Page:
"Social capital accumulates through social networks and trust, and the norms of mutual reciprocity that these relationships foster." - Coleman, Puntnam 1988. → Today's "social networking" technology, the attempt to replicate and visualize social ties in HTML, XML, or graphical means, is a toy - at best. In its current application, it creates a user-base in which individuals are more interested in creating individual data, not social data. Once the emphasis is based on the size of a social interaction, not its quality, ties rot and become meaningless. Such a design also gives way to appeasement approaches (reciprocal linking, solicitation of links by way of creating meaningless ties, or linking individuals in an attempt to enter a specific social structure, not as a means to represent a preexisting relationship).

To reverse this - the infant social networking technology today is widely understood as a means to the end of creating social ties and thereby capital, not as a tool to effectively display such connections. This approach creates vast networks of faux relationships with little to no bearing in real life, interspersed with accurate or semi-accurate reflections of pre-existing fabrics. Unless the social networking tool provides ways to differentiate between either relationship, its usability is low.

"Trust", the basis of every social network, relies of effective control mechanism, be they employed through peer review or doctrine. Social capital becomes worthless, and in fact devalues the attached Human capital, if its origins are subject to doubt. → Current social network tools are vulnerable to attacks and easily infiltrated with faux or outdated information. An emphasis on "positive" relationships completely ignores the negative sides of interaction and leaves an interpretative void, unable to properly describe either function or conflict based interactions.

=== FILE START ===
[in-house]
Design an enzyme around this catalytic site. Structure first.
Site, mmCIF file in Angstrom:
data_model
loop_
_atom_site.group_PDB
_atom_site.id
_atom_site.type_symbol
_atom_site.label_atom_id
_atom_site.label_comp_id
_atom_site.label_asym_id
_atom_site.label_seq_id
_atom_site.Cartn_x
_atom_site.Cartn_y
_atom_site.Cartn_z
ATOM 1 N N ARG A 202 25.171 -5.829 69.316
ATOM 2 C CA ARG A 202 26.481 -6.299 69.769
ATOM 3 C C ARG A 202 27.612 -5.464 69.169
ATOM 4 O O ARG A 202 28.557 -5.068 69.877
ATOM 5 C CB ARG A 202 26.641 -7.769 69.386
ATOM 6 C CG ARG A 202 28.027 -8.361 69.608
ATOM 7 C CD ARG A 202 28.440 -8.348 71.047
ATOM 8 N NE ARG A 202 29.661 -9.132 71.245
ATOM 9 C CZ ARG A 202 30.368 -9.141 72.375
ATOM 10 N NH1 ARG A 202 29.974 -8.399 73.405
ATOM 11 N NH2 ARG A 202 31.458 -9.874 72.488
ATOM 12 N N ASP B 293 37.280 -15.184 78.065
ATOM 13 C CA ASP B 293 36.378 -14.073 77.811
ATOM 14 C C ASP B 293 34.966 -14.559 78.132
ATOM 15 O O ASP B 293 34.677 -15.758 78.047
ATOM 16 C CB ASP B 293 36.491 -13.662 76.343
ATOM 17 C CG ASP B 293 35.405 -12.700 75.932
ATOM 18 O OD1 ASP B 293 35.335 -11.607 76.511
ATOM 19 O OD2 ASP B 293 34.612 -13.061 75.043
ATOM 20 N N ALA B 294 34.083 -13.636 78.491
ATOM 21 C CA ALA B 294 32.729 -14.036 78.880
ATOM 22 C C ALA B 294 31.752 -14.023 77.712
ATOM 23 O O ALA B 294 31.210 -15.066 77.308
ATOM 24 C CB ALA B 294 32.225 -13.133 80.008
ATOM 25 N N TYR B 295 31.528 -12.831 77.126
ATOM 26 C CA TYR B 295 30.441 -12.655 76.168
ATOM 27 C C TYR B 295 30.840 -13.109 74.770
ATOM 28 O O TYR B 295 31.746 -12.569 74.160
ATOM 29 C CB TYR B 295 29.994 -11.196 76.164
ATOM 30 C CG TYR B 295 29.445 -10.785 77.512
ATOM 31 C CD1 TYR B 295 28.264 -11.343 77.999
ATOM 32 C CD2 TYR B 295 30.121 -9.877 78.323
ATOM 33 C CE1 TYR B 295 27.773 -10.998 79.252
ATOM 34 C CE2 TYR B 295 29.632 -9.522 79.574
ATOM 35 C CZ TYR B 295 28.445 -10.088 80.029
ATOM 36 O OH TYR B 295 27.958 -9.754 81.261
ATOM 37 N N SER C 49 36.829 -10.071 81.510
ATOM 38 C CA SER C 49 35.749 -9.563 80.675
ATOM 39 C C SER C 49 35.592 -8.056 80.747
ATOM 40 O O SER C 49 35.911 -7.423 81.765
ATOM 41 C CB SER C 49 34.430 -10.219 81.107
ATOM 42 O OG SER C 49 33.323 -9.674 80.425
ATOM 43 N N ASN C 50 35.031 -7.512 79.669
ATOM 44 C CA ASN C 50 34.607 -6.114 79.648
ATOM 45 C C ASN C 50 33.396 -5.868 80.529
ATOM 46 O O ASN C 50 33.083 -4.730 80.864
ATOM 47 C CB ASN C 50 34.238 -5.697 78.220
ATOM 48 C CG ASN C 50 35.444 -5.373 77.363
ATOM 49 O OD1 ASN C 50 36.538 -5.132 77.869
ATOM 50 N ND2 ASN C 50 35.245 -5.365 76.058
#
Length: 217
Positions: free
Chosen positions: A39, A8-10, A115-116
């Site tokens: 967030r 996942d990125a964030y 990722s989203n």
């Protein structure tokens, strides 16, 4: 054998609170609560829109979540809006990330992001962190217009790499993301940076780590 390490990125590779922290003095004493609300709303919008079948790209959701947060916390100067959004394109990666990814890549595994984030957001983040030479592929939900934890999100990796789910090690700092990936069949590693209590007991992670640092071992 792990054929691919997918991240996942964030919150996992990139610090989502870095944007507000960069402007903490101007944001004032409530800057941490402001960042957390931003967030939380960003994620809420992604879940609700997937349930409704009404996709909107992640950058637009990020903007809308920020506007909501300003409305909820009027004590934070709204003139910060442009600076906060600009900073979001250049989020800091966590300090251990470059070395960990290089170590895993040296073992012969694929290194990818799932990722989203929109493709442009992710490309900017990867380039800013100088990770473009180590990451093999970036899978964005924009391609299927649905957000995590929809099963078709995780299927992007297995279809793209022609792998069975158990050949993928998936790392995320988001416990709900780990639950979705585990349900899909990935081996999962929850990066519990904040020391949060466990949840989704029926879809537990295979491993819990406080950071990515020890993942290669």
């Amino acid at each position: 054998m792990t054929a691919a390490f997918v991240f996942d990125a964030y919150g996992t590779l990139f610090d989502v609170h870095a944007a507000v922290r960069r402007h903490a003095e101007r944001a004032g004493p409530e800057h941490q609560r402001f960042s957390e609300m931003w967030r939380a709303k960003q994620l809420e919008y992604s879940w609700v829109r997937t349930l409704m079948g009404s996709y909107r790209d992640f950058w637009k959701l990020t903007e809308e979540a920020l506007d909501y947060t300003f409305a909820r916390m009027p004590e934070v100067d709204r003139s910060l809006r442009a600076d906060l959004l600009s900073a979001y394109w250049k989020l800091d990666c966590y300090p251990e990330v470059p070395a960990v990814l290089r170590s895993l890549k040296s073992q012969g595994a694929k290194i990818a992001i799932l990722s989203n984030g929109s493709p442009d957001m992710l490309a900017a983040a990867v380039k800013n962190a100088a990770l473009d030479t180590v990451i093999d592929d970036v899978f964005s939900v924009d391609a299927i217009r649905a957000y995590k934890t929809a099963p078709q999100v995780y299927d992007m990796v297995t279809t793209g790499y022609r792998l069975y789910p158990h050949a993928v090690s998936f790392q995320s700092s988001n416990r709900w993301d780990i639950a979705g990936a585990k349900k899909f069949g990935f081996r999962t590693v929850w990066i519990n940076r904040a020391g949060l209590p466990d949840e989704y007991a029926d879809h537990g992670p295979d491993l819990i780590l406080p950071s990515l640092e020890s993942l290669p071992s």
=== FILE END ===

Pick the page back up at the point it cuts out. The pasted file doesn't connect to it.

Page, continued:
Social capital created and sustained by social networks has meaning only in its most extensive form. Only then, if the foundation and terminology of any valuation is know, and only if the source is identified and enjoys trust → Technology based social networking tools are "sound-bite" based ("In my bedroom, you will find..."). Unless additional steps are taken, usually outside the tools, one is left with imagination and reliance on unverified information to form a working impression of peers.

Social Networking software does not create anything "new". It is an attempt to express existing relationships. Expression is only as useful as its interpretive capabilities and accuracy. → Social structure descriptions such as FOAF, XFN, or the ones used by Friendster-type websites, are generic and unable to express an individual's standing within his or her own social circle. FOAF additionally suffers from technology-centric design, lack of interpreters, and useable levels of saturation. XFN does not claim to be an accurate reflection of social interaction, but has the potential to become one, which is why it has been listed here.

gilbou wrote me an email, telling me I'd shamefully neglected my Advogato diary, and he's right. I've moved most of my public online presence to my own website, which is less a reflection on Advogato's attraction (I still read it, I am subscribed to quite a few people's RSS feeds, and I draw information and food for thought from it on a mostly daily basis), but more on the fact, that I really like the possibility of desktop based microcontent publishing, which Kung-Log and family give me.
bjf: I don't necessarily agree with mglazer, but his entry's not a troll. Inappropriate for Advogato: yes, showing some obvious simple mindedness: yupp, racicst: not that I can see, but maybe I overlooked something; but not a troll.